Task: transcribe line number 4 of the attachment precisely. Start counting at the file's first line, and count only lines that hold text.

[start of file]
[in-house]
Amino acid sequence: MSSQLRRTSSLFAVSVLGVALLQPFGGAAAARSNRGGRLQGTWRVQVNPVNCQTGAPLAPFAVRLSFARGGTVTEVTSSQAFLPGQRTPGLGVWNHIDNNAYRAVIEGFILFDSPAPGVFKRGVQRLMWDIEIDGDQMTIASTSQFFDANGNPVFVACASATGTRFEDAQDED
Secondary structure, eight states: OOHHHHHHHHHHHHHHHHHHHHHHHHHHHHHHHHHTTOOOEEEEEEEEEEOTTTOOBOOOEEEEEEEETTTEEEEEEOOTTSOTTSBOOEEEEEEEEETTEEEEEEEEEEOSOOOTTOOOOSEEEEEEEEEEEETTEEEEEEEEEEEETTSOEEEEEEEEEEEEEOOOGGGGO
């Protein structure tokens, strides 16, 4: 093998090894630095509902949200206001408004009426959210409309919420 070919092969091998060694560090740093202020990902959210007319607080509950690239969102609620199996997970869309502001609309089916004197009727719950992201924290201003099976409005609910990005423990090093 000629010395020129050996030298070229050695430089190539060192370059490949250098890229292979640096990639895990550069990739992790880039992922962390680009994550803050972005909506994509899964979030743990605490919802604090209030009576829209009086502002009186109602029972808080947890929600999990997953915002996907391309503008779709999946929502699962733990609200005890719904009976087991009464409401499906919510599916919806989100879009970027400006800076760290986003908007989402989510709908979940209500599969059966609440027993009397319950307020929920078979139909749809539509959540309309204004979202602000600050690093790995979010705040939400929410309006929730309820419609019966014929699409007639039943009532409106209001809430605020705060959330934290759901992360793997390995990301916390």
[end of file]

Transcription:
């Protein structure tokens, strides 16, 4: 093998090894630095509902949200206001408004009426959210409309919420 070919092969091998060694560090740093202020990902959210007319607080509950690239969102609620199996997970869309502001609309089916004197009727719950992201924290201003099976409005609910990005423990090093 000629010395020129050996030298070229050695430089190539060192370059490949250098890229292979640096990639895990550069990739992790880039992922962390680009994550803050972005909506994509899964979030743990605490919802604090209030009576829209009086502002009186109602029972808080947890929600999990997953915002996907391309503008779709999946929502699962733990609200005890719904009976087991009464409401499906919510599916919806989100879009970027400006800076760290986003908007989402989510709908979940209500599969059966609440027993009397319950307020929920078979139909749809539509959540309309204004979202602000600050690093790995979010705040939400929410309006929730309820419609019966014929699409007639039943009532409106209001809430605020705060959330934290759901992360793997390995990301916390």